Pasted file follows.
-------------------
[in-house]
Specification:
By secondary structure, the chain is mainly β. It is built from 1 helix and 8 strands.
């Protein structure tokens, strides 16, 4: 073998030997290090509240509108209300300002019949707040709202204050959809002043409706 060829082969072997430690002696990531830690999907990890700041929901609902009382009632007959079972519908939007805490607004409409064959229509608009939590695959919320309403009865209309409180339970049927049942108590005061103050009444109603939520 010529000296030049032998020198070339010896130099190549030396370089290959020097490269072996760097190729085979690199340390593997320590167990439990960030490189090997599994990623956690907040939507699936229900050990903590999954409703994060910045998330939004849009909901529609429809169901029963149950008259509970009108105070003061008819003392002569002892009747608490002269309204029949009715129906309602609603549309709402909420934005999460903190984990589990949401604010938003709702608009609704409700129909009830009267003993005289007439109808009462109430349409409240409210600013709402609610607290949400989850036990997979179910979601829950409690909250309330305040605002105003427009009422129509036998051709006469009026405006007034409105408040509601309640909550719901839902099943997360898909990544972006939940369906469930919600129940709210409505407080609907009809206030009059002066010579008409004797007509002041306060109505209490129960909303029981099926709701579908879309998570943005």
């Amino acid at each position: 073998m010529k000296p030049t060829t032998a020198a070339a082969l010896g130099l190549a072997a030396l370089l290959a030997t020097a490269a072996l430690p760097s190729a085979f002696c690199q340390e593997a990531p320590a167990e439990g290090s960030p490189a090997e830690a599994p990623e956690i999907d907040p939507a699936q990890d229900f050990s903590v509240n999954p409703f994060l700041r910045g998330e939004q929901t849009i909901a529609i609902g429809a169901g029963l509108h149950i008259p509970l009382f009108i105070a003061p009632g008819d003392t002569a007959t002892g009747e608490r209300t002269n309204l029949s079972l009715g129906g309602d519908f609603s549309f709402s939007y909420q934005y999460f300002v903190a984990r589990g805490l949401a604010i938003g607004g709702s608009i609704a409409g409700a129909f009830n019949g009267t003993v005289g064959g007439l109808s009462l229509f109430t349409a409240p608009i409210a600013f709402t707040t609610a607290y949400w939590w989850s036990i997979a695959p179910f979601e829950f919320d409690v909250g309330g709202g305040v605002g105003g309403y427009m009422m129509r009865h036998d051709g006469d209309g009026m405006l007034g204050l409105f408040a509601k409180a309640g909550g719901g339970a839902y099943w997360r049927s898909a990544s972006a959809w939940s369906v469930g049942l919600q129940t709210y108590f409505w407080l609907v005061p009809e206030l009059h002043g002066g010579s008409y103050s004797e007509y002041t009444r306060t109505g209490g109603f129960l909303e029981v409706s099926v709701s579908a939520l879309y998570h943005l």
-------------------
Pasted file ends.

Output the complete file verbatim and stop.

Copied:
[in-house]
Specification:
By secondary structure, the chain is mainly β. It is built from 1 helix and 8 strands.
């Protein structure tokens, strides 16, 4: 073998030997290090509240509108209300300002019949707040709202204050959809002043409706 060829082969072997430690002696990531830690999907990890700041929901609902009382009632007959079972519908939007805490607004409409064959229509608009939590695959919320309403009865209309409180339970049927049942108590005061103050009444109603939520 010529000296030049032998020198070339010896130099190549030396370089290959020097490269072996760097190729085979690199340390593997320590167990439990960030490189090997599994990623956690907040939507699936229900050990903590999954409703994060910045998330939004849009909901529609429809169901029963149950008259509970009108105070003061008819003392002569002892009747608490002269309204029949009715129906309602609603549309709402909420934005999460903190984990589990949401604010938003709702608009609704409700129909009830009267003993005289007439109808009462109430349409409240409210600013709402609610607290949400989850036990997979179910979601829950409690909250309330305040605002105003427009009422129509036998051709006469009026405006007034409105408040509601309640909550719901839902099943997360898909990544972006939940369906469930919600129940709210409505407080609907009809206030009059002066010579008409004797007509002041306060109505209490129960909303029981099926709701579908879309998570943005």
């Amino acid at each position: 073998m010529k000296p030049t060829t032998a020198a070339a082969l010896g130099l190549a072997a030396l370089l290959a030997t020097a490269a072996l430690p760097s190729a085979f002696c690199q340390e593997a990531p320590a167990e439990g290090s960030p490189a090997e830690a599994p990623e956690i999907d907040p939507a699936q990890d229900f050990s903590v509240n999954p409703f994060l700041r910045g998330e939004q929901t849009i909901a529609i609902g429809a169901g029963l509108h149950i008259p509970l009382f009108i105070a003061p009632g008819d003392t002569a007959t002892g009747e608490r209300t002269n309204l029949s079972l009715g129906g309602d519908f609603s549309f709402s939007y909420q934005y999460f300002v903190a984990r589990g805490l949401a604010i938003g607004g709702s608009i609704a409409g409700a129909f009830n019949g009267t003993v005289g064959g007439l109808s009462l229509f109430t349409a409240p608009i409210a600013f709402t707040t609610a607290y949400w939590w989850s036990i997979a695959p179910f979601e829950f919320d409690v909250g309330g709202g305040v605002g105003g309403y427009m009422m129509r009865h036998d051709g006469d209309g009026m405006l007034g204050l409105f408040a509601k409180a309640g909550g719901g339970a839902y099943w997360r049927s898909a990544s972006a959809w939940s369906v469930g049942l919600q129940t709210y108590f409505w407080l609907v005061p009809e206030l009059h002043g002066g010579s008409y103050s004797e007509y002041t009444r306060t109505g209490g109603f129960l909303e029981v409706s099926v709701s579908a939520l879309y998570h943005l």